For Sale  | American Journalism Review
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From AJR,   April/May 2006

For Sale   

A Wisconsin radio station sells the naming rights to its newsroom.

By Deborah Potter
Deborah Potter (potter@newslab.org) is executive director of NewsLab, a broadcast training and research center, and a former network correspondent.     


Just when you think the broadcast news business couldn't possibly be more about marketing than it already is, another deal comes to light that further fuzzes the line between journalism and advertising.

Remember when stations kept them separate? The idea was to protect the integrity of the news, in the belief that both audiences and advertisers would be drawn to a credible product. These days, that notion is beginning to seem almost quaint, as stations sacrifice their journalistic credibility for the sake of a few more bucks.

Take the case of WIBA-AM radio in Madison, Wisconsin, which blithely sold a Midwest bank the naming rights to its newsroom. Since January 1, the station's newscasts have opened with these words: "From the Amcore Bank News Center.." And it's not the first station to sell its newsroom's name. Milwaukee's WISN-AM sold its naming rights to PyraMax Bank more than a year ago. Both stations are owned by Clear Channel Communications, the largest radio group in the country.

Clear Channel's public relations firm says the corporation had nothing to do with the deals and insists they are not the start of a company-wide trend. "These were local decisions made by local stations," says a spokeswoman. But no one at headquarters seemed willing to second-guess the decisions, even after the Society of Professional Journalists called on the company to step in and stop the practice.

Clear Channel Radio-Madison Vice President Jeff Tyler doesn't think there's any reason for concern. "There are many examples of [selling naming rights] in broadcasting and in other industries," he told the Wisconsin State Journal, "from stadiums to business schools." That's true enough, but a sports event or a building is not a newscast. When corporations brand events like the Chick-fil-A Peach Bowl and arenas like TD Banknorth Garden, home of the Boston Celtics, they're buying exposure. When they put their names on a newsroom, they're buying its reputation and, by extension, its credibility.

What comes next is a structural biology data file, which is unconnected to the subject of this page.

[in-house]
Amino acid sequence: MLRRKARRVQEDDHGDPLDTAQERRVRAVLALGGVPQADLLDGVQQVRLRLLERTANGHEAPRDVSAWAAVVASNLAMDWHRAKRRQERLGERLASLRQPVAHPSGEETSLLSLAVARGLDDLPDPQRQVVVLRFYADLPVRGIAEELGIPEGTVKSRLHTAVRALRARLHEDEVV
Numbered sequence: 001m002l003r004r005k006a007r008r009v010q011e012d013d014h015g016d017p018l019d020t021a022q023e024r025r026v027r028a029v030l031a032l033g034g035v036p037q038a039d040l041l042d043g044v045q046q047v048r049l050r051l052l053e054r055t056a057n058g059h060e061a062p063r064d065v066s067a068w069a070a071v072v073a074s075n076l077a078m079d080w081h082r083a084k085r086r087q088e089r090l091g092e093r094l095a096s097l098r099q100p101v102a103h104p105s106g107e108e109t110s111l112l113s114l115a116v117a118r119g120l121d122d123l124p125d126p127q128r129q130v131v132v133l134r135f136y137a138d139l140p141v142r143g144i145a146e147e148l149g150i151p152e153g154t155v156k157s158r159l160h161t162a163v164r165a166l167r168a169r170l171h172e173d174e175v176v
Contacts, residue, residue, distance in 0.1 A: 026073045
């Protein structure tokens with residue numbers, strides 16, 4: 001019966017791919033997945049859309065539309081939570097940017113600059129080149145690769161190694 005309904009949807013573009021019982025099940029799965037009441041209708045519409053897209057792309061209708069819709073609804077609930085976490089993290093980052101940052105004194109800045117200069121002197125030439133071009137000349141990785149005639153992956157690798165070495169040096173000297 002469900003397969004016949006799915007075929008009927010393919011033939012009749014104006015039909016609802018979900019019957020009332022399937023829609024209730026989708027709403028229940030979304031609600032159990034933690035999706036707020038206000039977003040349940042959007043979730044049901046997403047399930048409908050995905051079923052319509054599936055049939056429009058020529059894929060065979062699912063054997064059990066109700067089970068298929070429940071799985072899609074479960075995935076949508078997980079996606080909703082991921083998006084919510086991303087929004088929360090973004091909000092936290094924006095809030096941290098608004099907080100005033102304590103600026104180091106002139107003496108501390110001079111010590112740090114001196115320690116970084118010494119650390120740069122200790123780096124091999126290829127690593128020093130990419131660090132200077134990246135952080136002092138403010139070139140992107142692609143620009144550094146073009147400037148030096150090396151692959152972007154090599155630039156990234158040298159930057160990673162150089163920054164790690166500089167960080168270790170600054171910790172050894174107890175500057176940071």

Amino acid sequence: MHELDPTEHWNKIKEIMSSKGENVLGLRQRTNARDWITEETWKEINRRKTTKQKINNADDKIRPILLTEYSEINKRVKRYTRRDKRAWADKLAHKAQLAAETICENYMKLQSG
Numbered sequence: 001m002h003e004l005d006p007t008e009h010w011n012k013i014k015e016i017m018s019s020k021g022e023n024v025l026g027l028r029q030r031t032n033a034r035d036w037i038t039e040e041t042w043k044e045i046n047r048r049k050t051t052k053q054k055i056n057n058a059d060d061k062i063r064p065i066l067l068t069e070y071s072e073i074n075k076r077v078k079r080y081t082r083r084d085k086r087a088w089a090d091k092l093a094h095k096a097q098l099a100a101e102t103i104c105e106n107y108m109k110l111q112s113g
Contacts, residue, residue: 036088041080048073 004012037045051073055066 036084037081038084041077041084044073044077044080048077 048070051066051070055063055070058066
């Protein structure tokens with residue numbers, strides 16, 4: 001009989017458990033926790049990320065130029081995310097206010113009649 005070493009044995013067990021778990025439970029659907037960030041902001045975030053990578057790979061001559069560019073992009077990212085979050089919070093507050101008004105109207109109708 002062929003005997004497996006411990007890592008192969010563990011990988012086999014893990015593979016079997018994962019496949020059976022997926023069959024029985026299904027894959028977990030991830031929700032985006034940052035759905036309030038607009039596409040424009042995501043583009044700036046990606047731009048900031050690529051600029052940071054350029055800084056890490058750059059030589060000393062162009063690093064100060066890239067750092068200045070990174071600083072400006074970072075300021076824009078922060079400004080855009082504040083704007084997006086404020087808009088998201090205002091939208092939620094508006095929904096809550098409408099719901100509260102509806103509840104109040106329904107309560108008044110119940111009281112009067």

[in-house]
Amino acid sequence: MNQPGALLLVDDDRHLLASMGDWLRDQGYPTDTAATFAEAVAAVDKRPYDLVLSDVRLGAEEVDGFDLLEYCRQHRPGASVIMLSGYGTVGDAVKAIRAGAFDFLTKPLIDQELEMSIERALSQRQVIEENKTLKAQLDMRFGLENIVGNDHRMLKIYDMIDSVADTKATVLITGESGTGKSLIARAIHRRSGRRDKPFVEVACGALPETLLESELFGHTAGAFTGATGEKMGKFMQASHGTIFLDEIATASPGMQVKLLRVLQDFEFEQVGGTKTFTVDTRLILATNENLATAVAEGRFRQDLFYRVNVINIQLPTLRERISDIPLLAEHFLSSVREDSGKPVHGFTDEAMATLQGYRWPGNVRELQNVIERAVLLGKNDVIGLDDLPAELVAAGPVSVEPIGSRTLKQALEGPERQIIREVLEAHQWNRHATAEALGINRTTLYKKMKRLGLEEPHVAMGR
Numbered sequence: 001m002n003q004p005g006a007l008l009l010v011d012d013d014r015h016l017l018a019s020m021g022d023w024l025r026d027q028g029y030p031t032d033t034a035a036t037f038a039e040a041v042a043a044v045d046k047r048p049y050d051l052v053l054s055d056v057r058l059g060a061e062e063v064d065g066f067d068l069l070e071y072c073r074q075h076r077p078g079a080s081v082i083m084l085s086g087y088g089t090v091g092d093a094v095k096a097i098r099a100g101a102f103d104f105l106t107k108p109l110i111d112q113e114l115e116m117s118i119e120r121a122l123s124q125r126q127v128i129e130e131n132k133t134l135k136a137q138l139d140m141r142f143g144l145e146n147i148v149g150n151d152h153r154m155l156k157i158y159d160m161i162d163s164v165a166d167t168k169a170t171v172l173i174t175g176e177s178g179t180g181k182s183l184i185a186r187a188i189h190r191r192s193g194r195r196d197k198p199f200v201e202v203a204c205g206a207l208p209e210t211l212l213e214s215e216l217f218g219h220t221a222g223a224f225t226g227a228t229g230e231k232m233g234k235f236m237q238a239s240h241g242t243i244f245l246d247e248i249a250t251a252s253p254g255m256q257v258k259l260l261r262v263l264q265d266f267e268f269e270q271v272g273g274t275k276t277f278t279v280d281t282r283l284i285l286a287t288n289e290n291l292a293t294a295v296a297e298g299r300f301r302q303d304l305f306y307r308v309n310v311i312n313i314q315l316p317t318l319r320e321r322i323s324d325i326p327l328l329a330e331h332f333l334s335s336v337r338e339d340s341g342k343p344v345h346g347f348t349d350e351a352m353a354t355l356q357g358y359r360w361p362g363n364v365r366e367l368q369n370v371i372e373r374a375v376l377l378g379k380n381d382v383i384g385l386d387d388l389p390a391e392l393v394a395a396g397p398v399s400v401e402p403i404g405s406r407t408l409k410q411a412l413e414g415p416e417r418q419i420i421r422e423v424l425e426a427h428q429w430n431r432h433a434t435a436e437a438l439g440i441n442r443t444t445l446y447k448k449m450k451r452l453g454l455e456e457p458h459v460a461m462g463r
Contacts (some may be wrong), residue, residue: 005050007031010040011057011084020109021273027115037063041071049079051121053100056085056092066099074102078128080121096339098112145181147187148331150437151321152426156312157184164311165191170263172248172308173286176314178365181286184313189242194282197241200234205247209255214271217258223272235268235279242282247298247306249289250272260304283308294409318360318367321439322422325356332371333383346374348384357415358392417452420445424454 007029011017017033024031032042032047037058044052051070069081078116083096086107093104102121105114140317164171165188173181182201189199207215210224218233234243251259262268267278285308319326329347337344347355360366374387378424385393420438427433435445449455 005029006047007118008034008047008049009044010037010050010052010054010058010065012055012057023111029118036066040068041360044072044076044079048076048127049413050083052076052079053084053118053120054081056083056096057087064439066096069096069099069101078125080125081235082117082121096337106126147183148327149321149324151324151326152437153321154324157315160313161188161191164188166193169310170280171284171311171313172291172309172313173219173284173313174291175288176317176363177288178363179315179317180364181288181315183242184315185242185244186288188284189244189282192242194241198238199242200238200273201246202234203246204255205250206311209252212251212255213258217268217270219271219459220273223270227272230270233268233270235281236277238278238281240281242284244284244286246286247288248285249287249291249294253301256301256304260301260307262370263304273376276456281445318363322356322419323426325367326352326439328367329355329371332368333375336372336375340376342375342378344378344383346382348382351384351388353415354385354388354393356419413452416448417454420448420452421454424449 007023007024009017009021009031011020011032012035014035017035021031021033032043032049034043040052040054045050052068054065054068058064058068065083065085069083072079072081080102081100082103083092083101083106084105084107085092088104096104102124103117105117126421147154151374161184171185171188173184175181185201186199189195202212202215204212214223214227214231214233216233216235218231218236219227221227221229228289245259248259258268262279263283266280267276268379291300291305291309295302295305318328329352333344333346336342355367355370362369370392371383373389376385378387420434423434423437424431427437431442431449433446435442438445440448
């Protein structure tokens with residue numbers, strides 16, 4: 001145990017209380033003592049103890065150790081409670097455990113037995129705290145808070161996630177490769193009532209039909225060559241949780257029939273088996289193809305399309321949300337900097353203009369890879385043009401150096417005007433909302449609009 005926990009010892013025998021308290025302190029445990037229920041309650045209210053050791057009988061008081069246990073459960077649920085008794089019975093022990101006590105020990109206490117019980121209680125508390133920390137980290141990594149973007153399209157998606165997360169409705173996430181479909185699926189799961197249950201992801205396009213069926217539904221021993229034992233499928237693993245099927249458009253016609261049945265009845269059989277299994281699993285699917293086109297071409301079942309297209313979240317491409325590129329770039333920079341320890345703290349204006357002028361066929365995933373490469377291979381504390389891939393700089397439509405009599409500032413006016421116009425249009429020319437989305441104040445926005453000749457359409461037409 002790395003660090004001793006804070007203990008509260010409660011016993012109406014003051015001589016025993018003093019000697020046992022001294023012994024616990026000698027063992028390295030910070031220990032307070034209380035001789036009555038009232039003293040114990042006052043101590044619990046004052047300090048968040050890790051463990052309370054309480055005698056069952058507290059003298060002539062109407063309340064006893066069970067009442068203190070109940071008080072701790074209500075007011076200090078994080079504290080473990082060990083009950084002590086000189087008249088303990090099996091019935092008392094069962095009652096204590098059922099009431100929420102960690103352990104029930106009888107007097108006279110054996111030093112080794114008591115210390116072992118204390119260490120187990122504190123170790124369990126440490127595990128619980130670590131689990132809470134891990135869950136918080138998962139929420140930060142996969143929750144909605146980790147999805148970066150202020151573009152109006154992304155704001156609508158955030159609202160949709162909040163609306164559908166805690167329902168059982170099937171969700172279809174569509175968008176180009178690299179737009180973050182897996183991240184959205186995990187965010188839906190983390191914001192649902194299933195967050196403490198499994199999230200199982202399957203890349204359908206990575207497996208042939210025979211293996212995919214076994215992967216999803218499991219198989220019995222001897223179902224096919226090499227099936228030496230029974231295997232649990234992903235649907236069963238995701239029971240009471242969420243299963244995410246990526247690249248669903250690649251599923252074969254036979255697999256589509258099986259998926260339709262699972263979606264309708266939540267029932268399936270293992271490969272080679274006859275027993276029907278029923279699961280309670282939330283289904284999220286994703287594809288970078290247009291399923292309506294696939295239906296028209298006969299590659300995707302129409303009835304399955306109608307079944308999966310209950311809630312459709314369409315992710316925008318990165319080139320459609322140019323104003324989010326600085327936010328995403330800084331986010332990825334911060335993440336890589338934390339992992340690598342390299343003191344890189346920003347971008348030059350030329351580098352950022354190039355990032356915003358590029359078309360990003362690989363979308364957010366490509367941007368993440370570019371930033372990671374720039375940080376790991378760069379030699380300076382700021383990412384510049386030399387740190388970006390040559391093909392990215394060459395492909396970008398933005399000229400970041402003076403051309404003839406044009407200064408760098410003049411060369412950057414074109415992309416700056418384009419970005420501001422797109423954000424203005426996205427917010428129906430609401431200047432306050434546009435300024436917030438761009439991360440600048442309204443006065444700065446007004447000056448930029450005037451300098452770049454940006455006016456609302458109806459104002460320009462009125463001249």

The stations say these deals won't influence their news coverage, and the banks say they've been promised no special treatment so there's nothing to worry about. Well, there is. At a minimum, attaching the name of a local business to a newsroom creates a perception problem. Listeners who get their news from the Amcore or PyraMax Bank newsroom might legitimately wonder how impartial its reporters can be when covering the banking industry, not to mention a story involving one of the banks themselves.

Branding isn't entirely benign even where sports teams are involved. Remember the Houston Astros' embarrassing experience with Enron Field? Imagine the consequences for a newsroom that sells its naming rights to a company that later becomes tangled in scandal or tainted by corruption.

Historians will point out that in the early days of network television news, some programs carried an advertiser's brand. NBC's nightly newscast was once called the "Camel News Caravan," sponsored exclusively by the cigarette maker. But that was half a century ago, and there are plenty of good reasons not to turn back the clock. Here's just one: Under Camel's sponsorship agreement, NBC News couldn't show "No Smoking" signs or shots of cigars. "What Camel wanted Camel got," the late NBC News President Reuven Frank wrote in his book, "Out of Thin Air."

Maybe the companies buying naming rights today won't have that kind of control, but in a world where everything's for sale, they have other options. This spring, Gannett's KARE-TV in Minneapolis turned its long-running morning news program into "Showcase Minnesota," copying a concept pioneered by Gannett's Denver station more than a year ago. KUSA-TV's "Colorado & Co." looks and sounds like a local news-talk show, with hosts interviewing guests on a comfortable set. But it's not what it seems. The "guests" from companies like Cedarlane Natural Foods or the Denver Design Center have to pay at least $2,100 for their five minutes of fame. Only at the end of the segment does the host reveal the pay-for-play arrangement.

The show's executive producer, Dreux DeMack, says "Colorado & Co." doesn't pretend to be a news program and viewers don't confuse it with one. But the expectations may be different in Minneapolis, where KARE converted an existing morning show produced by the news department into a paid shill-fest. While the original program, "KARE 11 Today," wasn't exactly hard-hitting, at least the content was chosen by the station. Now, it's all for sale.

And then there's KPHO-TV in Phoenix, where Dunkin' Donuts coffee mugs recently turned up on the morning news set. The anchors don't actually use them, I'm told, for fear of spoiling the camera shot of the logo.

It won't stop there, I'm afraid. News just isn't making money the way it used to. According to the Radio-Television News Directors Association/Ball State University annual survey, local TV newsroom profitability in 2005 was at its lowest ebb in nine years, with less than half of all newsrooms reporting a profit.

So brace yourselves. When it comes to selling out the news, we may not have seen anything yet.

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